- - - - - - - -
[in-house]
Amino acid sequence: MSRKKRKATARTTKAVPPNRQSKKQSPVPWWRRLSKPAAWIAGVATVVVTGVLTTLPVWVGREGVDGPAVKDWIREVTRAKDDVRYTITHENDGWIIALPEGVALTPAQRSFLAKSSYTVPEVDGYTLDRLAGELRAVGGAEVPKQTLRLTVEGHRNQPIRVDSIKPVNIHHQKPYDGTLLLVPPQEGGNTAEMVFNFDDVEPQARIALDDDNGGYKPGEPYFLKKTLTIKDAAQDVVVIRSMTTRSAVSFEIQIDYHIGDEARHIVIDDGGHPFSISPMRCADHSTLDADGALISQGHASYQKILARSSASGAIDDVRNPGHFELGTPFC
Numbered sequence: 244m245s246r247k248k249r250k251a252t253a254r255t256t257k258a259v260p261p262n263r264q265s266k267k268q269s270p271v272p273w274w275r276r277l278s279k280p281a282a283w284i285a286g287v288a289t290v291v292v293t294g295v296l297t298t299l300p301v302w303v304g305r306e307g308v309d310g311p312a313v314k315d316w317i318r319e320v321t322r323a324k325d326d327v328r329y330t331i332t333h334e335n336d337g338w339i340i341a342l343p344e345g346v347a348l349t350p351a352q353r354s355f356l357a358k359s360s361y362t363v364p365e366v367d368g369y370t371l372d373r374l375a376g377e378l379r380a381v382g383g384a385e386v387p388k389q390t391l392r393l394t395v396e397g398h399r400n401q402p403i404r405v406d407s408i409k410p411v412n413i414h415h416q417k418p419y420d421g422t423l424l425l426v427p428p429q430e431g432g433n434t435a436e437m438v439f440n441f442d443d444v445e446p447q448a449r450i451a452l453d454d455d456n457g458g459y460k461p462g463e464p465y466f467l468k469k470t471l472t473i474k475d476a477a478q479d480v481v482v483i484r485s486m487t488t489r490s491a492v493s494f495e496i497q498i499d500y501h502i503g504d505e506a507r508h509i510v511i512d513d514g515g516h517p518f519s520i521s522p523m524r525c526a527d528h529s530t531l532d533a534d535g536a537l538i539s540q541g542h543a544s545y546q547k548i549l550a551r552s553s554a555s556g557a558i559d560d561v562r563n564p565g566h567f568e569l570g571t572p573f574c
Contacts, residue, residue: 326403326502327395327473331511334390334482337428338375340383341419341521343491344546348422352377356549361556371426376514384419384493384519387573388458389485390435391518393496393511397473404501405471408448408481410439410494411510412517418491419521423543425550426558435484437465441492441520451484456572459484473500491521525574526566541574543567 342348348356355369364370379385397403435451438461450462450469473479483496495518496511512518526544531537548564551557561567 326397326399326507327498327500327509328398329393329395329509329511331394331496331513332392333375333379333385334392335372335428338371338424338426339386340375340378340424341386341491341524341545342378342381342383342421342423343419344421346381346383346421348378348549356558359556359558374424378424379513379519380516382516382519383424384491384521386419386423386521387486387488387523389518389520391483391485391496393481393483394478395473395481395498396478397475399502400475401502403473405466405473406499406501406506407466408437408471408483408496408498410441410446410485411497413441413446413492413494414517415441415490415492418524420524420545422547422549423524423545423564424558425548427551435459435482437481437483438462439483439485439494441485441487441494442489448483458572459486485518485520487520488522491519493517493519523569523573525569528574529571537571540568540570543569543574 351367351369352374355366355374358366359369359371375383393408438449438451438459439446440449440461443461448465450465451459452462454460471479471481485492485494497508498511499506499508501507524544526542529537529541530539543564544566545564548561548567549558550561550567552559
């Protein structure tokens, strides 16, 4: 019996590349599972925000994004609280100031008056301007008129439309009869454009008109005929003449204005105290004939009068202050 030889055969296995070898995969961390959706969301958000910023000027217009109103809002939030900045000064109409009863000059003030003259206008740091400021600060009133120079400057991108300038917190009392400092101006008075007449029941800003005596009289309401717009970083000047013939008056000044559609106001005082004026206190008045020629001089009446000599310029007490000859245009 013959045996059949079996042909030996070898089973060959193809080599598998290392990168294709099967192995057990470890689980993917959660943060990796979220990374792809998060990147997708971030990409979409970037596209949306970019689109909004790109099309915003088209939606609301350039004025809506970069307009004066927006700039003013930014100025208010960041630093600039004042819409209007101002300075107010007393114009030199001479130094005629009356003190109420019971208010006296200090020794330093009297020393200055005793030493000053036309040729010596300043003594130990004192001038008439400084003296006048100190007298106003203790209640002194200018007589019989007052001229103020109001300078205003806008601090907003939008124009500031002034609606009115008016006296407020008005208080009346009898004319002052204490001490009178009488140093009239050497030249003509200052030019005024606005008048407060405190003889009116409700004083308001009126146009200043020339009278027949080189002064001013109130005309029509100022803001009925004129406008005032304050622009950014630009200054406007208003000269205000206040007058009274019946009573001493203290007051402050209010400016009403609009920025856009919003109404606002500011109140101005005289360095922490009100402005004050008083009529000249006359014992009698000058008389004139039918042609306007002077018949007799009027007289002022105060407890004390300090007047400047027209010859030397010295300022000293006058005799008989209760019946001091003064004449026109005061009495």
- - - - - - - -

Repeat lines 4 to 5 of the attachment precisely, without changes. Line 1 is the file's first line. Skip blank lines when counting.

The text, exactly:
Contacts, residue, residue: 326403326502327395327473331511334390334482337428338375340383341419341521343491344546348422352377356549361556371426376514384419384493384519387573388458389485390435391518393496393511397473404501405471408448408481410439410494411510412517418491419521423543425550426558435484437465441492441520451484456572459484473500491521525574526566541574543567 342348348356355369364370379385397403435451438461450462450469473479483496495518496511512518526544531537548564551557561567 326397326399326507327498327500327509328398329393329395329509329511331394331496331513332392333375333379333385334392335372335428338371338424338426339386340375340378340424341386341491341524341545342378342381342383342421342423343419344421346381346383346421348378348549356558359556359558374424378424379513379519380516382516382519383424384491384521386419386423386521387486387488387523389518389520391483391485391496393481393483394478395473395481395498396478397475399502400475401502403473405466405473406499406501406506407466408437408471408483408496408498410441410446410485411497413441413446413492413494414517415441415490415492418524420524420545422547422549423524423545423564424558425548427551435459435482437481437483438462439483439485439494441485441487441494442489448483458572459486485518485520487520488522491519493517493519523569523573525569528574529571537571540568540570543569543574 351367351369352374355366355374358366359369359371375383393408438449438451438459439446440449440461443461448465450465451459452462454460471479471481485492485494497508498511499506499508501507524544526542529537529541530539543564544566545564548561548567549558550561550567552559
């Protein structure tokens, strides 16, 4: 019996590349599972925000994004609280100031008056301007008129439309009869454009008109005929003449204005105290004939009068202050 030889055969296995070898995969961390959706969301958000910023000027217009109103809002939030900045000064109409009863000059003030003259206008740091400021600060009133120079400057991108300038917190009392400092101006008075007449029941800003005596009289309401717009970083000047013939008056000044559609106001005082004026206190008045020629001089009446000599310029007490000859245009 013959045996059949079996042909030996070898089973060959193809080599598998290392990168294709099967192995057990470890689980993917959660943060990796979220990374792809998060990147997708971030990409979409970037596209949306970019689109909004790109099309915003088209939606609301350039004025809506970069307009004066927006700039003013930014100025208010960041630093600039004042819409209007101002300075107010007393114009030199001479130094005629009356003190109420019971208010006296200090020794330093009297020393200055005793030493000053036309040729010596300043003594130990004192001038008439400084003296006048100190007298106003203790209640002194200018007589019989007052001229103020109001300078205003806008601090907003939008124009500031002034609606009115008016006296407020008005208080009346009898004319002052204490001490009178009488140093009239050497030249003509200052030019005024606005008048407060405190003889009116409700004083308001009126146009200043020339009278027949080189002064001013109130005309029509100022803001009925004129406008005032304050622009950014630009200054406007208003000269205000206040007058009274019946009573001493203290007051402050209010400016009403609009920025856009919003109404606002500011109140101005005289360095922490009100402005004050008083009529000249006359014992009698000058008389004139039918042609306007002077018949007799009027007289002022105060407890004390300090007047400047027209010859030397010295300022000293006058005799008989209760019946001091003064004449026109005061009495």